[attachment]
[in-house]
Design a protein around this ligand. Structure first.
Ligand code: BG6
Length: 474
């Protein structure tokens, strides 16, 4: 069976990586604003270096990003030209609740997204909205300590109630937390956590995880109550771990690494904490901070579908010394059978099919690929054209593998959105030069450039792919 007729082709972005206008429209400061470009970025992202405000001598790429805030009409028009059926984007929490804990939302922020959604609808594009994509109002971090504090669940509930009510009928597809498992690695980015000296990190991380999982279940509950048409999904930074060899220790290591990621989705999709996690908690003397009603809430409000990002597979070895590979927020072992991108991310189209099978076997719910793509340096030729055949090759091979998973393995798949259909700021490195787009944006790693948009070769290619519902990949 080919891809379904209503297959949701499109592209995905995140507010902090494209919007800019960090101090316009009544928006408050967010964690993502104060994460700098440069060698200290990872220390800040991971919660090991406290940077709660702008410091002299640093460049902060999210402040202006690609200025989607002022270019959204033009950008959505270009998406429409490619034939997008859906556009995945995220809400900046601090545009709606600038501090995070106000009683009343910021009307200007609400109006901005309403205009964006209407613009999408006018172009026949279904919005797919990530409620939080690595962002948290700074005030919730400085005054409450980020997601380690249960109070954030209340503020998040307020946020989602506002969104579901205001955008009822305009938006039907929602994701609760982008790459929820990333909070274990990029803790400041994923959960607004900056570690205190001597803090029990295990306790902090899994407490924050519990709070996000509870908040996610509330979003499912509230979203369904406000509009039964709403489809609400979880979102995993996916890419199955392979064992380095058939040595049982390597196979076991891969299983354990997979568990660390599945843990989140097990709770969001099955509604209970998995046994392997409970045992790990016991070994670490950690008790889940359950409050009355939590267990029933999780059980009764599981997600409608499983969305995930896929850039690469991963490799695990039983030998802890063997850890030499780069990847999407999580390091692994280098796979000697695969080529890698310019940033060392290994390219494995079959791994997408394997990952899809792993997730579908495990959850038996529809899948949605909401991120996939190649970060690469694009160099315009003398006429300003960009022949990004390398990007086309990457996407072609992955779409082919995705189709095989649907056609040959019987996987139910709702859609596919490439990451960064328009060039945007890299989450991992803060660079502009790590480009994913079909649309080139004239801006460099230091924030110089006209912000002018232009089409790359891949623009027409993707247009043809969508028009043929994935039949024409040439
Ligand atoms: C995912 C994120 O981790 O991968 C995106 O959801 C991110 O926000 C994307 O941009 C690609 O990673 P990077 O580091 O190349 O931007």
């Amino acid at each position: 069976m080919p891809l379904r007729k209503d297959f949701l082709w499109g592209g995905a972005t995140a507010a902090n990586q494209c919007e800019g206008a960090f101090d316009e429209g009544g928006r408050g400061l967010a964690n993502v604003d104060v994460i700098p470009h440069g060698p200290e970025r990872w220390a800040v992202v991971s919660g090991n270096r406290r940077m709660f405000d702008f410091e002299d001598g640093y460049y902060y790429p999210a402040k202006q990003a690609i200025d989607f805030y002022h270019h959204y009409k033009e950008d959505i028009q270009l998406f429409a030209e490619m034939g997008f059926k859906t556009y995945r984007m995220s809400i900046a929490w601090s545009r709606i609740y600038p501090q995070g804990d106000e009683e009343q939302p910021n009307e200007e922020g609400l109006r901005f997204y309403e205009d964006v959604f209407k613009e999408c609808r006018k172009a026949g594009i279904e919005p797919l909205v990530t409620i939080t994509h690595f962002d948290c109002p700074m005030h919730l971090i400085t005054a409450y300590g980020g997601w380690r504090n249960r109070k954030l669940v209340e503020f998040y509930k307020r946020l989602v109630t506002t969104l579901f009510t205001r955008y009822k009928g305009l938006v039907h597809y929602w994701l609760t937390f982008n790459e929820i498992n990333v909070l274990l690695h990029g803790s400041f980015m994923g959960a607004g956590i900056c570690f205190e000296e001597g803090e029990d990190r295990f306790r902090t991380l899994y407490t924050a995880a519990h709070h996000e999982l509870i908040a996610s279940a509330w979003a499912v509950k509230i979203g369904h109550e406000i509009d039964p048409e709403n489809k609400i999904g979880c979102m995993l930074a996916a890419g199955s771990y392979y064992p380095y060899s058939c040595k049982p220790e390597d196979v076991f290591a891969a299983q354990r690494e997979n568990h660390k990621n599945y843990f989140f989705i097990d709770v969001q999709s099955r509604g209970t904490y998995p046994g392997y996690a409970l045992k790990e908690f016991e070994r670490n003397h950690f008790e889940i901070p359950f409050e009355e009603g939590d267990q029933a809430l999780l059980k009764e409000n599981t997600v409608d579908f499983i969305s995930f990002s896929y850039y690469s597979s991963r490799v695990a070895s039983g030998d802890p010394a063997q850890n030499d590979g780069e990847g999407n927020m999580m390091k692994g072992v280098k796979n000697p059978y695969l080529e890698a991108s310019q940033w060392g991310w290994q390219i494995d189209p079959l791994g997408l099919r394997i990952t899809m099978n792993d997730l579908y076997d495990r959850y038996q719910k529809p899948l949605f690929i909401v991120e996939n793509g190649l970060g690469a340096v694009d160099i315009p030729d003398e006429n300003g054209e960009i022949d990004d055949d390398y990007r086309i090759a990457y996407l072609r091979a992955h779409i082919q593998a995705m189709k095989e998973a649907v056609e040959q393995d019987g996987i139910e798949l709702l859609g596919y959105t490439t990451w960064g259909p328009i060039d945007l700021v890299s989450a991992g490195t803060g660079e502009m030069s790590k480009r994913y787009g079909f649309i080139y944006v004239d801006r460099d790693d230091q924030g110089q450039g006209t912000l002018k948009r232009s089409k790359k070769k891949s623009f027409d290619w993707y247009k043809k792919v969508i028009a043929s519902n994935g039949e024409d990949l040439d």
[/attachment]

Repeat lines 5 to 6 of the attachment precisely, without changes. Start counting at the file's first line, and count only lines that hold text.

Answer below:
């Protein structure tokens, strides 16, 4: 069976990586604003270096990003030209609740997204909205300590109630937390956590995880109550771990690494904490901070579908010394059978099919690929054209593998959105030069450039792919 007729082709972005206008429209400061470009970025992202405000001598790429805030009409028009059926984007929490804990939302922020959604609808594009994509109002971090504090669940509930009510009928597809498992690695980015000296990190991380999982279940509950048409999904930074060899220790290591990621989705999709996690908690003397009603809430409000990002597979070895590979927020072992991108991310189209099978076997719910793509340096030729055949090759091979998973393995798949259909700021490195787009944006790693948009070769290619519902990949 080919891809379904209503297959949701499109592209995905995140507010902090494209919007800019960090101090316009009544928006408050967010964690993502104060994460700098440069060698200290990872220390800040991971919660090991406290940077709660702008410091002299640093460049902060999210402040202006690609200025989607002022270019959204033009950008959505270009998406429409490619034939997008859906556009995945995220809400900046601090545009709606600038501090995070106000009683009343910021009307200007609400109006901005309403205009964006209407613009999408006018172009026949279904919005797919990530409620939080690595962002948290700074005030919730400085005054409450980020997601380690249960109070954030209340503020998040307020946020989602506002969104579901205001955008009822305009938006039907929602994701609760982008790459929820990333909070274990990029803790400041994923959960607004900056570690205190001597803090029990295990306790902090899994407490924050519990709070996000509870908040996610509330979003499912509230979203369904406000509009039964709403489809609400979880979102995993996916890419199955392979064992380095058939040595049982390597196979076991891969299983354990997979568990660390599945843990989140097990709770969001099955509604209970998995046994392997409970045992790990016991070994670490950690008790889940359950409050009355939590267990029933999780059980009764599981997600409608499983969305995930896929850039690469991963490799695990039983030998802890063997850890030499780069990847999407999580390091692994280098796979000697695969080529890698310019940033060392290994390219494995079959791994997408394997990952899809792993997730579908495990959850038996529809899948949605909401991120996939190649970060690469694009160099315009003398006429300003960009022949990004390398990007086309990457996407072609992955779409082919995705189709095989649907056609040959019987996987139910709702859609596919490439990451960064328009060039945007890299989450991992803060660079502009790590480009994913079909649309080139004239801006460099230091924030110089006209912000002018232009089409790359891949623009027409993707247009043809969508028009043929994935039949024409040439
Ligand atoms: C995912 C994120 O981790 O991968 C995106 O959801 C991110 O926000 C994307 O941009 C690609 O990673 P990077 O580091 O190349 O931007």